This is the first article of a three-part series that appears in BCJobs.ca. I wrote this series because I think most people aren’t familiar with “the rules of engagement” when it comes to working with recruiters.
In this blog series, I discuss commonly asked questions, such as: When shall I work with a recruiter? How many recruiters should one use? How are recruiters paid?
Situations for working with a recruiter
In this first instalment, I discuss situations where you would work with a recruiter to find work. The most common situation is when you see an ad posted by a recruiter, soliciting job applications for a particular job opening with Company XYZ. Once you send in your resume and cover letter, and get contacted back, you’ll then find yourself working with a recruiter. Another common situation is when you go and visit a recruiter to have an informal interview, and then have your personal details and resume filed into a candidate database so that you be contacted for suitable job vacancies.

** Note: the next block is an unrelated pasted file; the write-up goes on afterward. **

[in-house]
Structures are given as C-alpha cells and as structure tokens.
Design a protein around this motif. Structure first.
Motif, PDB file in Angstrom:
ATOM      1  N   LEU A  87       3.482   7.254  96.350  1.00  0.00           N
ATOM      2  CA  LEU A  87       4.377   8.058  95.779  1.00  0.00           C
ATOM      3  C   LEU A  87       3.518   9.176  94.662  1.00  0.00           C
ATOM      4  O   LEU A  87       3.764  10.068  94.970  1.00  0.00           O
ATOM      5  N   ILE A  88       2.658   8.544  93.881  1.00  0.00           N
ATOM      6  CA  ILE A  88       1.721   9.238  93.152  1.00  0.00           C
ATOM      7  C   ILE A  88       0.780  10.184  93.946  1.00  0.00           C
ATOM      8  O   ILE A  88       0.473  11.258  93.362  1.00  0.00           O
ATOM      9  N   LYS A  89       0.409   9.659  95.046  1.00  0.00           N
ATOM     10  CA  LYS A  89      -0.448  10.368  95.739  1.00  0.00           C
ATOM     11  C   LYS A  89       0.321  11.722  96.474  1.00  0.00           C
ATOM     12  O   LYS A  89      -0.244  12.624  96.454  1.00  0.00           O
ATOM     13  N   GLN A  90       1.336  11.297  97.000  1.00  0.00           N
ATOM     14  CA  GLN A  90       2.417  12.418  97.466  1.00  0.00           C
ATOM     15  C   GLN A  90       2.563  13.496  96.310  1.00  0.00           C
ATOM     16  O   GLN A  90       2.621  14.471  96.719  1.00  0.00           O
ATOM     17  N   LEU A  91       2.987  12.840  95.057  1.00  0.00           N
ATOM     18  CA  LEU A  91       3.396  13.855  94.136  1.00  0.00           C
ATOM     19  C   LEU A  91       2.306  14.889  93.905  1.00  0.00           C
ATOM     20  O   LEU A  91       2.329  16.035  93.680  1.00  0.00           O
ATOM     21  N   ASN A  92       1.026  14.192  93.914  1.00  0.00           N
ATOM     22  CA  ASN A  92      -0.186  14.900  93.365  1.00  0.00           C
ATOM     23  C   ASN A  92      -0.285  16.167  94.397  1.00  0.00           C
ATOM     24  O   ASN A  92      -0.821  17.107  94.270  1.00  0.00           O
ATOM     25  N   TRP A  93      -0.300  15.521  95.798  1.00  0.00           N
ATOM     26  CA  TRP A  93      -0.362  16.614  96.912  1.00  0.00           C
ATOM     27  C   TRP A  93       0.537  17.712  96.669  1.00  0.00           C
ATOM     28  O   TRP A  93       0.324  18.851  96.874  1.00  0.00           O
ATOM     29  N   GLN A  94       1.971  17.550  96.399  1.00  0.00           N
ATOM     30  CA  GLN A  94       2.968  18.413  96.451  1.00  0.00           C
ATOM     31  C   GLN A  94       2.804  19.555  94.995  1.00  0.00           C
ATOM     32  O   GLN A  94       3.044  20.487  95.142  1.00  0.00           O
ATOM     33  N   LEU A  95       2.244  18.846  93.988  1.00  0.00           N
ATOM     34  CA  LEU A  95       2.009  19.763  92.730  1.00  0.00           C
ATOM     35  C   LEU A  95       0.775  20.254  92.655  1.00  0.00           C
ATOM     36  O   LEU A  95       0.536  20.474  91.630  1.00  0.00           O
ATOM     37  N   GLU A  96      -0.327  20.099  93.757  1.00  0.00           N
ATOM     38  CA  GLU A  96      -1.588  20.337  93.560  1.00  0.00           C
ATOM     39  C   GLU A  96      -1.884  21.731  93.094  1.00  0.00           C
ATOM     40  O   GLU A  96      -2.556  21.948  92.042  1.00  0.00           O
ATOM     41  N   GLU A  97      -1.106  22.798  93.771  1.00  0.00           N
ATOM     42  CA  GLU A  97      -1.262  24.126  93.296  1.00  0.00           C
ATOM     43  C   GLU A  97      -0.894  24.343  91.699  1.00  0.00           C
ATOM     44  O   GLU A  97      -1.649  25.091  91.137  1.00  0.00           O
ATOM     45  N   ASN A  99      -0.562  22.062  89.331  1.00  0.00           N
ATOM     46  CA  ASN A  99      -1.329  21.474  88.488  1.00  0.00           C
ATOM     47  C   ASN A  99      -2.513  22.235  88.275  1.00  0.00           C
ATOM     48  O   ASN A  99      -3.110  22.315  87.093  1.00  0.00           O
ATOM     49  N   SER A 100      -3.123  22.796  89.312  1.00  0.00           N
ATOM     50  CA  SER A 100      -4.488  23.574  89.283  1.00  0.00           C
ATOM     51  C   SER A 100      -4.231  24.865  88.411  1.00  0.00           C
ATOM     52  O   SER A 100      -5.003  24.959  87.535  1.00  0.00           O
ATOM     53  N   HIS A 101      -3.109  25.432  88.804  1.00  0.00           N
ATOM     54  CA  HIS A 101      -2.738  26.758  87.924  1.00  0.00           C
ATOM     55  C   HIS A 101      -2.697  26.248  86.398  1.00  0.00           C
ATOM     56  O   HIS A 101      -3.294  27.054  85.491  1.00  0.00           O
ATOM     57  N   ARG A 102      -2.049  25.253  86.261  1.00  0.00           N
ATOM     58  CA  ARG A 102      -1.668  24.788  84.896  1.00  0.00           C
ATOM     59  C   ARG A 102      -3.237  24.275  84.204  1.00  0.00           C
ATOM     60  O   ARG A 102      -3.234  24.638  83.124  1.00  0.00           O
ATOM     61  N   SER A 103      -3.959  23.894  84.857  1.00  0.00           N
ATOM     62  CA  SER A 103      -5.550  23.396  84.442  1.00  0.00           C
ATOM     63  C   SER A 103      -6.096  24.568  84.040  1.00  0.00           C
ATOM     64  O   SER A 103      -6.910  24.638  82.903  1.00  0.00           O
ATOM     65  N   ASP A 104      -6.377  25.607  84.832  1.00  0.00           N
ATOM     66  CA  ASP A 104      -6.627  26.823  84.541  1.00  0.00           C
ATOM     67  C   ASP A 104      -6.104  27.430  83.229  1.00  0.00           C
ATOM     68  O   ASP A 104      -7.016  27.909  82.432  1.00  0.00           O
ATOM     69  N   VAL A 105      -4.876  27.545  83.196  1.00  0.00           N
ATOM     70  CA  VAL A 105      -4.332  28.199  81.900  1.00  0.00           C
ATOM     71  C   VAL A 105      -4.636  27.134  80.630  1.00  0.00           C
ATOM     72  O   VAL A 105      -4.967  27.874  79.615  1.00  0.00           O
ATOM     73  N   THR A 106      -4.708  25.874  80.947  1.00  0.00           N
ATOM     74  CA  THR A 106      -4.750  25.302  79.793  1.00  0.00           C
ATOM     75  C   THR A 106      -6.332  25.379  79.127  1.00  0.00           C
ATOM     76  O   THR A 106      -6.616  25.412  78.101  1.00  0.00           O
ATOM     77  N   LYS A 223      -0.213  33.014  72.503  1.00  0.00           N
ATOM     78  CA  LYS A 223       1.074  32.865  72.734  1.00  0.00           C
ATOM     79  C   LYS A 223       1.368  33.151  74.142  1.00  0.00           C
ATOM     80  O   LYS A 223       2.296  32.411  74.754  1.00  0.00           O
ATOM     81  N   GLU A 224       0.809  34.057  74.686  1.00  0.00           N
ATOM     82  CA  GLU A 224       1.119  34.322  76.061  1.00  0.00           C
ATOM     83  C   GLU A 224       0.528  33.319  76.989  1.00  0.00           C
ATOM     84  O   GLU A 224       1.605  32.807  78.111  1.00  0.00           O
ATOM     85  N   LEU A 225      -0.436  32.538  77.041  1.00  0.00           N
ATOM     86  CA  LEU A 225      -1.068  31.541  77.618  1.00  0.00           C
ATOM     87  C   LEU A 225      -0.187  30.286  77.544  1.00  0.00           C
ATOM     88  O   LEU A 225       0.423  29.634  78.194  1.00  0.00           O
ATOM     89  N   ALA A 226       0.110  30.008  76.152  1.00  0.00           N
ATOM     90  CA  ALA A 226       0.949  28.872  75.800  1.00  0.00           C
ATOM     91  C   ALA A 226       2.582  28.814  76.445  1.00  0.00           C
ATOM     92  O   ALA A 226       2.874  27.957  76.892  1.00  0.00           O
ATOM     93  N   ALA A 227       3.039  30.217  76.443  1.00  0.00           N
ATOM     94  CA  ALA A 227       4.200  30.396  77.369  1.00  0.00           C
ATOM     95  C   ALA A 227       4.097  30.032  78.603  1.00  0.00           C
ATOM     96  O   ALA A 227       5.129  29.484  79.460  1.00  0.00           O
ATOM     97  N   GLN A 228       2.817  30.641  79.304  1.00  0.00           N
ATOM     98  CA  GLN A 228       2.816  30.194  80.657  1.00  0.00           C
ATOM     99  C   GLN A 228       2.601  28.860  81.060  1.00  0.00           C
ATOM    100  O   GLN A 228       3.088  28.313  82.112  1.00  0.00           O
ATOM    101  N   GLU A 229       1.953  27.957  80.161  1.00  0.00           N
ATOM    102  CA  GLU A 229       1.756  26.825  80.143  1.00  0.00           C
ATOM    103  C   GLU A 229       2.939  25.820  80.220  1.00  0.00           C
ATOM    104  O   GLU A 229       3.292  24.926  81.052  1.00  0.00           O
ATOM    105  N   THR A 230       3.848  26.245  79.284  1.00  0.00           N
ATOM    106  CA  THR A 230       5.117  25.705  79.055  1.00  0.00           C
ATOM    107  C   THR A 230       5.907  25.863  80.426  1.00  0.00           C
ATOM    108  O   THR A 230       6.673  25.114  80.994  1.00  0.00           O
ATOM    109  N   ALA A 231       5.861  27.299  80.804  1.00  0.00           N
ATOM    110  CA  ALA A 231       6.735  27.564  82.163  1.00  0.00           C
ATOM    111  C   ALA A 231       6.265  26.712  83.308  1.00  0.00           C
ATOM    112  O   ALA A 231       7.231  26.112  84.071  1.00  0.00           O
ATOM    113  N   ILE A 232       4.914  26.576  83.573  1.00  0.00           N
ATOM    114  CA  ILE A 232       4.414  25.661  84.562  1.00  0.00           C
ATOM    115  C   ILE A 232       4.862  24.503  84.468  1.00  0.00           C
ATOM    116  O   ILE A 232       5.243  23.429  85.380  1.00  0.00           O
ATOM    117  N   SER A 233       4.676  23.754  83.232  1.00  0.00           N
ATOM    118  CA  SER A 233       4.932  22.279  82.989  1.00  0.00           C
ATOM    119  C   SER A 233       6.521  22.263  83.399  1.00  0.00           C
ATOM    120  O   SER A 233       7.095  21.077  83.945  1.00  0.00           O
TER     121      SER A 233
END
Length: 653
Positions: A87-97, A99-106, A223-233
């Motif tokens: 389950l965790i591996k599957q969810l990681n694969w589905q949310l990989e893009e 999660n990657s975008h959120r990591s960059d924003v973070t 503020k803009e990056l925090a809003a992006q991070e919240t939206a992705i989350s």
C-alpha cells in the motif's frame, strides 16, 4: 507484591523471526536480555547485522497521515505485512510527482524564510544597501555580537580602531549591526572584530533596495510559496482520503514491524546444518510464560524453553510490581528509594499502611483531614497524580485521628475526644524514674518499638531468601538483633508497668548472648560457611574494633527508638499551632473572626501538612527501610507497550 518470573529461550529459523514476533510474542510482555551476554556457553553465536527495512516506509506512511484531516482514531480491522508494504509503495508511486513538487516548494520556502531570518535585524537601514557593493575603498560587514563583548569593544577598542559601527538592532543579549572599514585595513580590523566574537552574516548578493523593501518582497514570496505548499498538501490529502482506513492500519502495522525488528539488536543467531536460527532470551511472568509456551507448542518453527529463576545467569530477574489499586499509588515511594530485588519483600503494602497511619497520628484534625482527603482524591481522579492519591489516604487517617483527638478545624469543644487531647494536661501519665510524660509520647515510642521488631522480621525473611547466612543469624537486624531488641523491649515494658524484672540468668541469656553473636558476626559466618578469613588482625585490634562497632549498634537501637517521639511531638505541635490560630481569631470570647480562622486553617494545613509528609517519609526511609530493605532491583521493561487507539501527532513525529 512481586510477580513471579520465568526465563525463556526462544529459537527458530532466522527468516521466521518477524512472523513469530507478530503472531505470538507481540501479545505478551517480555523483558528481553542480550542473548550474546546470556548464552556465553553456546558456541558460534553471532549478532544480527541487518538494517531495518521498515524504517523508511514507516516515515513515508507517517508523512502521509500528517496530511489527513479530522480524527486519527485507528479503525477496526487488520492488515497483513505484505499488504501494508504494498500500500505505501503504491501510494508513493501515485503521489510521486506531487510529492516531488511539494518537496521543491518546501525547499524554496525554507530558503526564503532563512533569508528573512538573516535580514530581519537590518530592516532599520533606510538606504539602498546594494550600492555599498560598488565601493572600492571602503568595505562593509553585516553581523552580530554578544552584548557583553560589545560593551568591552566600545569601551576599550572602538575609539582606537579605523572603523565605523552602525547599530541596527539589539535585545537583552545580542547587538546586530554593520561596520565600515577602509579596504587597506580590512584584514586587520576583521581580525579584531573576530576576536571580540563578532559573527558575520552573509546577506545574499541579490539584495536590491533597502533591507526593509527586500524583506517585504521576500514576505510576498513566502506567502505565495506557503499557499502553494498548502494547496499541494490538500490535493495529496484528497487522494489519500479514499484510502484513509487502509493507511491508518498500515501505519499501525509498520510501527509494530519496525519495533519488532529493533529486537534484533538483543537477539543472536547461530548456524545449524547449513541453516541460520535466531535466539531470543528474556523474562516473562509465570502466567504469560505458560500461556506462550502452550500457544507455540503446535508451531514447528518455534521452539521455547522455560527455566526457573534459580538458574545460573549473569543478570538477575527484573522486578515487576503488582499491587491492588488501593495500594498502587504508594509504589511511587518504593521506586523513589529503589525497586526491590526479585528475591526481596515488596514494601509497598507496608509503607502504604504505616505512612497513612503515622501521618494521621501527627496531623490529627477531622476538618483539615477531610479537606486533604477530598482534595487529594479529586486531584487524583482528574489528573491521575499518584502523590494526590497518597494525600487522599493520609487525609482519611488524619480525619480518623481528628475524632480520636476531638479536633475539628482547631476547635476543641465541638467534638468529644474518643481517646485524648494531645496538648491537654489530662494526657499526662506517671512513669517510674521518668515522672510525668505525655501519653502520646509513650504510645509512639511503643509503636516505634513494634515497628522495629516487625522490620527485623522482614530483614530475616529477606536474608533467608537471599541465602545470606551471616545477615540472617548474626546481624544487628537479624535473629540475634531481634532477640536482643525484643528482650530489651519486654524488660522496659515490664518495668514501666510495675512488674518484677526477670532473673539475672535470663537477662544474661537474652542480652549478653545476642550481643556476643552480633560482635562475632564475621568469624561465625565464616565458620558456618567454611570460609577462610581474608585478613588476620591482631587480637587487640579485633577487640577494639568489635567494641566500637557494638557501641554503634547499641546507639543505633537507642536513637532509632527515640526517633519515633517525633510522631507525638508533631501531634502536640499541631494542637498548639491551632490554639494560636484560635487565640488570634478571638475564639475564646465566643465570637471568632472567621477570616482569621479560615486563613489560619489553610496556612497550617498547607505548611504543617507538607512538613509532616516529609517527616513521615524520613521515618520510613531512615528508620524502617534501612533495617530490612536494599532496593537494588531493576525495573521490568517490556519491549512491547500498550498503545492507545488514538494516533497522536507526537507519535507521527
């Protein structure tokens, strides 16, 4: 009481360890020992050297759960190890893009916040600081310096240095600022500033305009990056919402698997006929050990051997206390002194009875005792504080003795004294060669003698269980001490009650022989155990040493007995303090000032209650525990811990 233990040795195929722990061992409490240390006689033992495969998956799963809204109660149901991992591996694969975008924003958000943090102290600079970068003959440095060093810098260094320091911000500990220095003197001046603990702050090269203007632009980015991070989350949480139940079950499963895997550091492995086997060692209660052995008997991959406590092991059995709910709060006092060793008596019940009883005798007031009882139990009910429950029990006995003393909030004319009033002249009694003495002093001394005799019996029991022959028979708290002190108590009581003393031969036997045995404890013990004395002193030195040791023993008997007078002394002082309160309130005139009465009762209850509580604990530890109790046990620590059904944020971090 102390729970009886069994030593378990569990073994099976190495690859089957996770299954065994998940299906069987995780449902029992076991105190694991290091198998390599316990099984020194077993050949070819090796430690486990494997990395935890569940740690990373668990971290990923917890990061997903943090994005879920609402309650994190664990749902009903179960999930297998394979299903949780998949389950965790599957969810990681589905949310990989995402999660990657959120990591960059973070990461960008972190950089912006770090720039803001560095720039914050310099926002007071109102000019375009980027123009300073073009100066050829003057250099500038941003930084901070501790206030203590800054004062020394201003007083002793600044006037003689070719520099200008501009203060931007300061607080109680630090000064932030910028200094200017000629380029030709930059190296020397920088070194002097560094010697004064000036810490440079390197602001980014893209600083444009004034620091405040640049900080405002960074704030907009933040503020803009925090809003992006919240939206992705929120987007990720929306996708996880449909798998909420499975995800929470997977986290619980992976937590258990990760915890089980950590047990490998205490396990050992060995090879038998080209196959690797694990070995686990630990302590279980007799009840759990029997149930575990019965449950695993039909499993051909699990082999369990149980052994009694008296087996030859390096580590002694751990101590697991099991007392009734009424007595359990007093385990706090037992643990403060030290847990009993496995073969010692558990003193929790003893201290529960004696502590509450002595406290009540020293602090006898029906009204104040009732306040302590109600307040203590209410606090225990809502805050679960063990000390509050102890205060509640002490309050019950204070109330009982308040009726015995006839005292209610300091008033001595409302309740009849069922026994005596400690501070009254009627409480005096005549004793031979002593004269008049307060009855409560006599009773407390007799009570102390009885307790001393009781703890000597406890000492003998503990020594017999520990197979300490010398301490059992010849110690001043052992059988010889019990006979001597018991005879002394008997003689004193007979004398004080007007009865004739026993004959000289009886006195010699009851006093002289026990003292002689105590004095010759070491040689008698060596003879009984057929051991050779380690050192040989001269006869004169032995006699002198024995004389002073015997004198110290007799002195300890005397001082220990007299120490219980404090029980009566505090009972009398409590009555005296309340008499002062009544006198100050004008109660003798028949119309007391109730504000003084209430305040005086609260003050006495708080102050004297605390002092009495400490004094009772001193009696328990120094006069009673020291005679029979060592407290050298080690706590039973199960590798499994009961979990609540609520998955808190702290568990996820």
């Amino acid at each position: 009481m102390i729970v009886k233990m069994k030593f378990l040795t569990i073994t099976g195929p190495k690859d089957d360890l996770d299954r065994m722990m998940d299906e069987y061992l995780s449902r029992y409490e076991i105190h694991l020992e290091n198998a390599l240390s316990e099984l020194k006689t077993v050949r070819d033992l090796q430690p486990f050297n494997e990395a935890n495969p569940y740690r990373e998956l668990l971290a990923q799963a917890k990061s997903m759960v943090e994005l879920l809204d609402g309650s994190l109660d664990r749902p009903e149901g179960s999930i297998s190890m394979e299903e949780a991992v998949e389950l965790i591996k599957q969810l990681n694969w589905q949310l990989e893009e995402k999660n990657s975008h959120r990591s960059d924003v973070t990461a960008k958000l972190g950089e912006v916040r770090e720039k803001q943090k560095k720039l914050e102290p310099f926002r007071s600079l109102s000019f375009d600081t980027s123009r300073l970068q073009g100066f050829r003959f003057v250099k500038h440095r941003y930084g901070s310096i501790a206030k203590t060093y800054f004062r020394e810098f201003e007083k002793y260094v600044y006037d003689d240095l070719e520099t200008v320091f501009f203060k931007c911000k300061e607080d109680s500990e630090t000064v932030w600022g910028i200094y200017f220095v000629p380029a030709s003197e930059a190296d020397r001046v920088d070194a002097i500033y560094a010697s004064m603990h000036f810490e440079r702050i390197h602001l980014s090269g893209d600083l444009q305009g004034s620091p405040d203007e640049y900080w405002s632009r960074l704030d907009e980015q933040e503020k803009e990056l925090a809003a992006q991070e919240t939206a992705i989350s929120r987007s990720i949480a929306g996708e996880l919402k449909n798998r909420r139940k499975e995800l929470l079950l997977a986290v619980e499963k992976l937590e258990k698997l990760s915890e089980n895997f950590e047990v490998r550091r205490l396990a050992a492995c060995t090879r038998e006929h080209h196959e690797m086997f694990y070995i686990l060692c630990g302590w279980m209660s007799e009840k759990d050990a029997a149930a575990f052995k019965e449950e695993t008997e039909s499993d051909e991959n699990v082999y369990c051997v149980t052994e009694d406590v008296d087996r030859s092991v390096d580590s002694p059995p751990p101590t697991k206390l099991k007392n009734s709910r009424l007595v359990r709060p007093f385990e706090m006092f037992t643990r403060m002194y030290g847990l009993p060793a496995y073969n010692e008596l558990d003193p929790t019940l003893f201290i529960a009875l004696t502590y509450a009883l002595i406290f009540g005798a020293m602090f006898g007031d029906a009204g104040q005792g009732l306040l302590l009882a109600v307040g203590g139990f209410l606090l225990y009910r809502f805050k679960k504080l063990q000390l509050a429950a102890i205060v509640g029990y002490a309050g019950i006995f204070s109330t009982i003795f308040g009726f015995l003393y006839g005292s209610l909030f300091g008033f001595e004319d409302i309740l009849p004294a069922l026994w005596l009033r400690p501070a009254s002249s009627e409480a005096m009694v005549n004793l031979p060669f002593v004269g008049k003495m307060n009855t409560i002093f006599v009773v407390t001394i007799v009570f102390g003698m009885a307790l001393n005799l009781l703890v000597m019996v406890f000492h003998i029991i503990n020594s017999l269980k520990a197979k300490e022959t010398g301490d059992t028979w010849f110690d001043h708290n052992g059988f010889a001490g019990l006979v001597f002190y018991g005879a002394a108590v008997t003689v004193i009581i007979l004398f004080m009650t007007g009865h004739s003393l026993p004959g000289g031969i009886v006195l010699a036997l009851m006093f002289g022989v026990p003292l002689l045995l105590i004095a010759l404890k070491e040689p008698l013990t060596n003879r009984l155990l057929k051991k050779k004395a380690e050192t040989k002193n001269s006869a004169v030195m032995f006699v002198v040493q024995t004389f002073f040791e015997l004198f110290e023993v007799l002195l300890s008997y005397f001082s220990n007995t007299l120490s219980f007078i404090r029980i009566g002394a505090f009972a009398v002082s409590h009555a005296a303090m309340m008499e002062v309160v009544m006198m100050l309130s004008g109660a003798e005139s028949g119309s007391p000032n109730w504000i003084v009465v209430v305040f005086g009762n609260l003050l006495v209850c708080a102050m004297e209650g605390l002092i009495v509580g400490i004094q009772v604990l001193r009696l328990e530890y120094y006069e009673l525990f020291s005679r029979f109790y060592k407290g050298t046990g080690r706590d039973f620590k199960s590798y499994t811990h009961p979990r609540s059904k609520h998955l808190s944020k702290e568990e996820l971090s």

How recruiters operate & get paid
It’s important to know how recruiters operate and how they get paid, so that you can work with them in an effective manner. Recruiters are paid by the employer to find job applicants – usually, hard-to-find job applicants. You, the job candidate, never need to pay the recruiter. Therefore, the recruiter is at the service of the employer, not you. Despite what you might think, the primary objective of the recruiter is to fill the employer’s job vacancy, not to find you a job. Yes, the recruiter will be courteous, polite and helpful to you, but don’t be misguided in thinking that the recruiter is here to help you find work.
For further elaboration on working with a recruiter, read Part 1.
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